Like when the Twin Towers were bombed in New York. I was getting ready for a typical school day teaching English at a tiny private high school when my students began trickling in with news of a plane crashing into the first tower and soon, “I heard it was two planes,” another student said and I knew that it wasn’t an accident. Or when President Regan was shot, I was in 5th grade, and they broadcast the news over the brand-new school intercom. Or when the space shuttle Challenger blew up, I was in 10th grade and they wheeled televisions out into the locker area of my school and we stood with open mouths and I got in trouble for being late to social studies class – SOCIAL STUDIES! That teacher clearly had no perspective.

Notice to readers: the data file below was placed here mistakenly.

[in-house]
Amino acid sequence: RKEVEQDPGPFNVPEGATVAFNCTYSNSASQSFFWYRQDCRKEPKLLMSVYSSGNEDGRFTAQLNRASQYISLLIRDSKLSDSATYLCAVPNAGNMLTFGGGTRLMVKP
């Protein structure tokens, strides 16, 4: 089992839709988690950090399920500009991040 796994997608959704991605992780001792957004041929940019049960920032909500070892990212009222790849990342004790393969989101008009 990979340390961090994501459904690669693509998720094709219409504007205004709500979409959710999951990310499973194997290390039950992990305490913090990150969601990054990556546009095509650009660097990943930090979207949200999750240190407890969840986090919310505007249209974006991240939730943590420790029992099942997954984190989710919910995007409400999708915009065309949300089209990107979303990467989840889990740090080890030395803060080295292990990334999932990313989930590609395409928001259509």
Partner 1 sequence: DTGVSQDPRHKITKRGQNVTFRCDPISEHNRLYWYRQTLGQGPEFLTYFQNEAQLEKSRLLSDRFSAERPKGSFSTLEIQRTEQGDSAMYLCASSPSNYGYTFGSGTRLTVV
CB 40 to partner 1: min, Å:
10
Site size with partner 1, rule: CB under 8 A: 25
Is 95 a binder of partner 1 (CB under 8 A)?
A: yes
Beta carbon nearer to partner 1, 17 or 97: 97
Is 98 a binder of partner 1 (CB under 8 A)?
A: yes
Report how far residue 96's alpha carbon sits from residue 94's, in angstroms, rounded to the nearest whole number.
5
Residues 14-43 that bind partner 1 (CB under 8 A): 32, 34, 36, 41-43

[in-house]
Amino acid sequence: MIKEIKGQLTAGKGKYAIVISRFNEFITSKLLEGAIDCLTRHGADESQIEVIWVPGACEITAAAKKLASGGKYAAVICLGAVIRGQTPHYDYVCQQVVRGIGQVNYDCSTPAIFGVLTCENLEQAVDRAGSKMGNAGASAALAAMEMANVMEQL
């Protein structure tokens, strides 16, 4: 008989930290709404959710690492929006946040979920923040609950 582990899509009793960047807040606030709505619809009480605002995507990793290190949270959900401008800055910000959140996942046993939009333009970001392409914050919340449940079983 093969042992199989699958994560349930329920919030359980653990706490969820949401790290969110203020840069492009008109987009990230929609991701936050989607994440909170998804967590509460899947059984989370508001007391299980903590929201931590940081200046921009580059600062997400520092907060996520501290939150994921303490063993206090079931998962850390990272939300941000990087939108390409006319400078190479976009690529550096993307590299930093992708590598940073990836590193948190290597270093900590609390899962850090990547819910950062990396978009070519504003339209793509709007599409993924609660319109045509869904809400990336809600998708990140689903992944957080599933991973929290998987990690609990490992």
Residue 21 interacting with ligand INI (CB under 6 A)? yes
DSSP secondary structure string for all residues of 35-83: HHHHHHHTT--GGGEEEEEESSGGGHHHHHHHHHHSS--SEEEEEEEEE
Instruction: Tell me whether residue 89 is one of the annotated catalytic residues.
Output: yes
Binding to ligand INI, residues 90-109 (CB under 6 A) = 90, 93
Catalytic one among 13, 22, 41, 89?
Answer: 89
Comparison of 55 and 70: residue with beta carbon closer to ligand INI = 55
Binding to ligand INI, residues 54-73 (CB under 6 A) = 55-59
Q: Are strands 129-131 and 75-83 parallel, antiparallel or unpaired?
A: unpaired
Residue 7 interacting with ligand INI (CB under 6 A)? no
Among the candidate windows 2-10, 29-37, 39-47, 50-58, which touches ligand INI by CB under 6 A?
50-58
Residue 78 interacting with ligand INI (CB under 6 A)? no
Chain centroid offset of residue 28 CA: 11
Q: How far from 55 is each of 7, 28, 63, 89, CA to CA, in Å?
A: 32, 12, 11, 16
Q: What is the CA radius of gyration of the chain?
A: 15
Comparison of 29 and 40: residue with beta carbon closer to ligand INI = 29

Just as those earth-shattering occasions are seared into my memory, so is the time, five years ago this week, when I first heard that my mother had been diagnosed with colon cancer.**

The phone rang and it was my sister, who clearly was upset. I’d had a phone call like this before from her – when Pan American Airlines went bankrupt and our dad, a pilot, suddenly had no job anymore. I couldn’t imagine what was wrong this time and then she told me about Mom and I sat down where I stood and my two oldest kids still remember, “that time when Mom was sitting on the stairs and crying.”

Yes, such things are seared into our memories because we don’t know what’s coming next. We don’t know the who, what, where, when, or why of it, and our nice comfortable lives are suddenly twisted – possibly even beyond recognition – and we stand as if on the edge of a precipice, dizzy, confused, unsure.